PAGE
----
Innovations in the first Camry included equal-length driveshaft arms, two-stage air conditioning and multi-adjustable seats.
That tradition of innovation continued throughout the life of the Camry and the brand is now synonymous with world-leading sophistication and quality.
1987 – second generation, but first locally produced Camry
It wasn’t until the second-generation Camry that the car was built locally.
AMI-Toyota was the first Toyota subsidiary in the world to build the Camry and the local version incorporated extensive design changes – including three locally designed wagon variants.
The Australian-made Camry made its showroom debut in April 1987, replacing the locally built Corona.
With this generation, Toyota introduced a locally built twin-cam 2.0-litre 16-valve four-cylinder engine, followed in May 1988 by a new 2.5-litre quad-cam 24-valve V6. The engine was the world’s first quad-cam V6 engine to feature in a mass production sedan.
This generation also saw the release of a station wagon to replace the hatchback.
Camry allowed Toyota to compete on equal footing with the other leading medium cars of the day – Mitsubishi’s Magna, Holden’s Camira and Nissan’s Pintara.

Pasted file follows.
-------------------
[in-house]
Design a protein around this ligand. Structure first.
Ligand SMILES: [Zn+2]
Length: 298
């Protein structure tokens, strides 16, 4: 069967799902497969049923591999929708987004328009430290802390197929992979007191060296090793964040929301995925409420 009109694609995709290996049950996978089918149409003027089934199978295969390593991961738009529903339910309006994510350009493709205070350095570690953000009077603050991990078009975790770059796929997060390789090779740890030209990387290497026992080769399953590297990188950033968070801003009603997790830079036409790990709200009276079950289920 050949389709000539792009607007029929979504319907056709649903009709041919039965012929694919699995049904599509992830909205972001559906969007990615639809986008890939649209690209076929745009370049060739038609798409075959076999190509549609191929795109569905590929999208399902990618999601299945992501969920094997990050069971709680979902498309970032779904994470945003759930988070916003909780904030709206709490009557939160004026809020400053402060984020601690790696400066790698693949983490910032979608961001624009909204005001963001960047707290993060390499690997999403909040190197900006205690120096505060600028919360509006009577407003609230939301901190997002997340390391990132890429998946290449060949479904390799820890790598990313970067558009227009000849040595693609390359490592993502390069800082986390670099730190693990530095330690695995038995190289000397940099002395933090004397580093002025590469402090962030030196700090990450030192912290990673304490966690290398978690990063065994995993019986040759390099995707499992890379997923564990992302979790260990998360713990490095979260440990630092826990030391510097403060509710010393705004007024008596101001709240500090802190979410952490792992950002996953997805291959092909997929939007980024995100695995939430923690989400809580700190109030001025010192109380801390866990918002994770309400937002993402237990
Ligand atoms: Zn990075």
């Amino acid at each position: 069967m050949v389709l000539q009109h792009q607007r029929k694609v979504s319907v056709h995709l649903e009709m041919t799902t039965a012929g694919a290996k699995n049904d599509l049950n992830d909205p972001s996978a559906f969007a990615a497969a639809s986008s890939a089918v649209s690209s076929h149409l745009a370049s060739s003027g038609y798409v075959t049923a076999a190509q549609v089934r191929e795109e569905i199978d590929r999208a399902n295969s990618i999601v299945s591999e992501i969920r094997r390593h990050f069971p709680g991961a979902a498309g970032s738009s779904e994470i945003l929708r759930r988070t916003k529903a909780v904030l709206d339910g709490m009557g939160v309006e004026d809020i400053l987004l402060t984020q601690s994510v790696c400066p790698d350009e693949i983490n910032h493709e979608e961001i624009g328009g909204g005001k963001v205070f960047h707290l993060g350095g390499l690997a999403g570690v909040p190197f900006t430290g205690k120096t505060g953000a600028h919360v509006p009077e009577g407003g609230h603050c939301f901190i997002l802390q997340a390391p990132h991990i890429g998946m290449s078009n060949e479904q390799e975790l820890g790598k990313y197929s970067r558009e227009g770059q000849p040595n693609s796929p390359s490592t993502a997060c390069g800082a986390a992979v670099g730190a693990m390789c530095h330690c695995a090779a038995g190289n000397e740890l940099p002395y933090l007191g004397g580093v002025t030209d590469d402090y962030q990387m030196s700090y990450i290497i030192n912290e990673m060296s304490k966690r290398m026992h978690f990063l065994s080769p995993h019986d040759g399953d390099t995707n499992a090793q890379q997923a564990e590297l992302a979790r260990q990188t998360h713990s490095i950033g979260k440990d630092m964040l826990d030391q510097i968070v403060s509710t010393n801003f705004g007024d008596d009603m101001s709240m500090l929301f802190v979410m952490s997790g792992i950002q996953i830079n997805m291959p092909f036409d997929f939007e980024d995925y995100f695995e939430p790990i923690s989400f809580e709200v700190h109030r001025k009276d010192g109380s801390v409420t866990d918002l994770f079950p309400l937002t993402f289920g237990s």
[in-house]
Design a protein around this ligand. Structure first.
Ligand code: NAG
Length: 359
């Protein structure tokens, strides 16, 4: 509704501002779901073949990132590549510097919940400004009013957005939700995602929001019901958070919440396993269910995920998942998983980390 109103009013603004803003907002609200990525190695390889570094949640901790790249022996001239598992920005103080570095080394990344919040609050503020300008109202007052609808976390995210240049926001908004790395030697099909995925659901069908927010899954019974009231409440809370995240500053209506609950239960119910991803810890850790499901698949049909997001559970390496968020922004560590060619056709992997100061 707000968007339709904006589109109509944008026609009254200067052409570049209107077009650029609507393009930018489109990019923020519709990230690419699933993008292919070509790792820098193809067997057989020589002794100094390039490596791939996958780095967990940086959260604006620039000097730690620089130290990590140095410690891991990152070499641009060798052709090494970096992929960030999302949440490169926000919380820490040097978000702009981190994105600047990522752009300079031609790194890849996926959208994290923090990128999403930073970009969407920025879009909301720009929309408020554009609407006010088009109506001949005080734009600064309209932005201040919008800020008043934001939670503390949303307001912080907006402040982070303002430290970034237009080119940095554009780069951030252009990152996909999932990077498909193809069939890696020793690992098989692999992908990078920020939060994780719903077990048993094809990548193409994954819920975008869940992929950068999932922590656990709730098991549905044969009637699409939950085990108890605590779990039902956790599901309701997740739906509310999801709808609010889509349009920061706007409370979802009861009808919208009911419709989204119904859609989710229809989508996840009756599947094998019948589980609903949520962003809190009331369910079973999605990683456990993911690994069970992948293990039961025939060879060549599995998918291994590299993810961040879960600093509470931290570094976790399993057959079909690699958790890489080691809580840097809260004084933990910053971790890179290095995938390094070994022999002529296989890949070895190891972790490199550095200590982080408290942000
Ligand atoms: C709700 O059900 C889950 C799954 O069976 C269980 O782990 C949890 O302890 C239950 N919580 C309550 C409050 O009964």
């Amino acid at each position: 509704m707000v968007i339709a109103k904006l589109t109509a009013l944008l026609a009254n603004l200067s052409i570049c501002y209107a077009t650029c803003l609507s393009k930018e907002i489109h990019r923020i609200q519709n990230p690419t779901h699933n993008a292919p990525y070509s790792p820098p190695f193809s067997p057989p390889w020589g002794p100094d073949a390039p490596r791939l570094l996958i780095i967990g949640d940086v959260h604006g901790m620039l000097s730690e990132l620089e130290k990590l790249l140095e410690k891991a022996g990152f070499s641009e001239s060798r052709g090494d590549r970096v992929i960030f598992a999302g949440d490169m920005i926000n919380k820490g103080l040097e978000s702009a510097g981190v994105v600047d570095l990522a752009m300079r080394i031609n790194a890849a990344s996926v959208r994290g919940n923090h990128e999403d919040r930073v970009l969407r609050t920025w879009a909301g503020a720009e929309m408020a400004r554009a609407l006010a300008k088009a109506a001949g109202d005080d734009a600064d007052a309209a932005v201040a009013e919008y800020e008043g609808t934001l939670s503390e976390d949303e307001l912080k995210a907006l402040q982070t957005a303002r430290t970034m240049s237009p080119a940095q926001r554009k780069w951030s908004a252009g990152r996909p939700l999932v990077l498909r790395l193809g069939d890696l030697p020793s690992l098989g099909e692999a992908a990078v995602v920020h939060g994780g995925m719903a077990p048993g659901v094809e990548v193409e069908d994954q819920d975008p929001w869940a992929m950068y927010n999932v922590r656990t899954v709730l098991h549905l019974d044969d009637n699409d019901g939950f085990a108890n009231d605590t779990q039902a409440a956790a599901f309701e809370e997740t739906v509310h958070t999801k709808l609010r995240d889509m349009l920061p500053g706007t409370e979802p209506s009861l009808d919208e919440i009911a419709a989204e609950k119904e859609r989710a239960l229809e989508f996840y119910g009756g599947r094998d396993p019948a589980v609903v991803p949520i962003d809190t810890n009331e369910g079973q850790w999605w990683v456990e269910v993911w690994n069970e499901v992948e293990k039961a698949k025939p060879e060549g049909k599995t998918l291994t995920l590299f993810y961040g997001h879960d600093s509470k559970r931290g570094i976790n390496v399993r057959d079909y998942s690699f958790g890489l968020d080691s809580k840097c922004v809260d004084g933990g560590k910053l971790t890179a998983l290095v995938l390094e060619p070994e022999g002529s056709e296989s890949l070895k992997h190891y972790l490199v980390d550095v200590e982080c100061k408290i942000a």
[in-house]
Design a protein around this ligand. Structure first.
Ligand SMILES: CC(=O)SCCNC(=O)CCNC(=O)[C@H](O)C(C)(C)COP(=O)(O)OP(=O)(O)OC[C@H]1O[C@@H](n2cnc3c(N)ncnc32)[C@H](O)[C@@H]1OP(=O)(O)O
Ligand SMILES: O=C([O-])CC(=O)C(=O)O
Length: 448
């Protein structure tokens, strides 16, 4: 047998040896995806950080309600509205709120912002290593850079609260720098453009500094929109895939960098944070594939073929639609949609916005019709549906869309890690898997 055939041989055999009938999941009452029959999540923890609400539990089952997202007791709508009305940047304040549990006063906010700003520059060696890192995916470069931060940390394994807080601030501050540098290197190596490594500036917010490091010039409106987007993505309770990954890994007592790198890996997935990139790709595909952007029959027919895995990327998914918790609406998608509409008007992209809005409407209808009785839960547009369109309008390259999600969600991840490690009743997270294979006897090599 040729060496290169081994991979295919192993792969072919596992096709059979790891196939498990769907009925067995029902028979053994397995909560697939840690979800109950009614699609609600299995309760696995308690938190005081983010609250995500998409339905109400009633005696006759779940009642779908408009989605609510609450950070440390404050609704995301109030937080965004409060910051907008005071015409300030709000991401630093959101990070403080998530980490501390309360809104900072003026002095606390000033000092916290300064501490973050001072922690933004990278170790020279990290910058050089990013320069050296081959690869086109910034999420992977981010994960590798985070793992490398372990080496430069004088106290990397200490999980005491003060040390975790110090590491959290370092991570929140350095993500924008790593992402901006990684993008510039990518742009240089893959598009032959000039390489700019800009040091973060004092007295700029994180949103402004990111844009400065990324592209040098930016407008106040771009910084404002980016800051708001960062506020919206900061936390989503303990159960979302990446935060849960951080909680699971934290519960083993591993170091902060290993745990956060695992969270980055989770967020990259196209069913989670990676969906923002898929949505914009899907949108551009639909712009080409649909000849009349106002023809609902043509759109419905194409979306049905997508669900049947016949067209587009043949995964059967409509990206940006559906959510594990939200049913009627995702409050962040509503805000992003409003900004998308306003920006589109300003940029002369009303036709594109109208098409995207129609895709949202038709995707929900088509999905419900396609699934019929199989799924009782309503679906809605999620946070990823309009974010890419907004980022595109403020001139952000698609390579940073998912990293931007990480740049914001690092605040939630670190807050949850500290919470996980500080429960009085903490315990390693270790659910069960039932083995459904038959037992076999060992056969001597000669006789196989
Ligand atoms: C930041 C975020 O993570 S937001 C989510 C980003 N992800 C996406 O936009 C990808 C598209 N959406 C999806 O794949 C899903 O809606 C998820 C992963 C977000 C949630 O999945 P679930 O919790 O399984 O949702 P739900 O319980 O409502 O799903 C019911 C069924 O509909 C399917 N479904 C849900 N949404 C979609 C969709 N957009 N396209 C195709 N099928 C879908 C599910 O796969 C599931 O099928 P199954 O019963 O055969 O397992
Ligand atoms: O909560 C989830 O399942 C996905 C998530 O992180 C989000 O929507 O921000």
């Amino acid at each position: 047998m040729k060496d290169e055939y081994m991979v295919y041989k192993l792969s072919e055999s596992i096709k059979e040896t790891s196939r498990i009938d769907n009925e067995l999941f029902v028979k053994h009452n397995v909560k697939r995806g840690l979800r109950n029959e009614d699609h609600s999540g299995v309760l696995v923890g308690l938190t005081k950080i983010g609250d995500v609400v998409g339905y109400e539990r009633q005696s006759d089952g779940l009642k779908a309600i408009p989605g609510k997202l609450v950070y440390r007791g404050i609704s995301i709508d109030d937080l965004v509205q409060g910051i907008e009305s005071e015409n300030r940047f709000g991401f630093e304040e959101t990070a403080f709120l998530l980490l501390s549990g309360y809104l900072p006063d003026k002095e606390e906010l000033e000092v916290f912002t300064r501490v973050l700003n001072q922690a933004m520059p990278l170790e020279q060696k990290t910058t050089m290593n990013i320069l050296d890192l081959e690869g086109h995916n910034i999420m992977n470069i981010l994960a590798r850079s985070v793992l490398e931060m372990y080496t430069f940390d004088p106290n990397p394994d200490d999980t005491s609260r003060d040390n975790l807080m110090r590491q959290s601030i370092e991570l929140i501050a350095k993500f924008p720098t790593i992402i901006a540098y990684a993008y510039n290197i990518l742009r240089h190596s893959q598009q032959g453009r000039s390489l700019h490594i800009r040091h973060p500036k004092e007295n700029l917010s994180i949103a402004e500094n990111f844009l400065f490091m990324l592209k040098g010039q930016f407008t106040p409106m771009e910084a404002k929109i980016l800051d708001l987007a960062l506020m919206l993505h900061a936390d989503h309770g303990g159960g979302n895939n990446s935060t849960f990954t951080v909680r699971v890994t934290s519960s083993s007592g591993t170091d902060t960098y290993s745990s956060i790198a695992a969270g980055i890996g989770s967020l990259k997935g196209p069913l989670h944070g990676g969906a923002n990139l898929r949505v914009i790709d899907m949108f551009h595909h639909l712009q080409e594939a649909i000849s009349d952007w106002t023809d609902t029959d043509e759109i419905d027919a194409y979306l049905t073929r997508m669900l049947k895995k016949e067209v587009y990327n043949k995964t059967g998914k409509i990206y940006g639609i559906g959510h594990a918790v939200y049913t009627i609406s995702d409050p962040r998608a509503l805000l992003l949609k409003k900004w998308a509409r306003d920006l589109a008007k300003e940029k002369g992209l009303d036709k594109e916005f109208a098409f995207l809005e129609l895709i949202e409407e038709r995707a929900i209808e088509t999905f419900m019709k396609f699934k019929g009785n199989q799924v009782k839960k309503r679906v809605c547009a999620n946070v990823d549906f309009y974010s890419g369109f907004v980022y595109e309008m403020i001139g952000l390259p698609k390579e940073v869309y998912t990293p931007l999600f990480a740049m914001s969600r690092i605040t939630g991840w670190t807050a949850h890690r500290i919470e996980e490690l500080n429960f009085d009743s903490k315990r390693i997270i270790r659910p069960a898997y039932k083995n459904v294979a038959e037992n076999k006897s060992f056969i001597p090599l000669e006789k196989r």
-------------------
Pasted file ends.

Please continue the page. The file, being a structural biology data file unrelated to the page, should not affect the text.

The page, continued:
The Australian-built car featured independent front and rear Macpherson-strut suspension, engine-speed-sensitive power steering and disc brakes front and rear. It brought a new level of sophistication and technology to the local market.
A revised Camry appeared in August 1989, incorporating local steering modifications that were to gain international acceptance within Toyota. An Australian team revised the steering valve and geometry to improve driver feel and response. The changes were later adopted for worldwide Camry production.
Toyota continued to push for quality improvements. It was determined that investment in a new plant was necessary to achieve further gains.
The proposal to build a new Camry plant at Altona was presented to Toyota Motor Corporation, which approved the plan to build a $420 million assembly plant at Altona.
1993 – third generation
In February 1993, the new wide-bodied Camry was launched publicly by Prime Minister Paul Keating, who described the car as “another quantum leap in the history of the Australian automotive industry”.
Wheels magazine agreed and Camry came out on top in a comparison with Magna, Mazda 626 and Liberty. Camry was also the top-ranked local car in Wheels’ annual quality survey and won the NRMA’s gong for best medium car.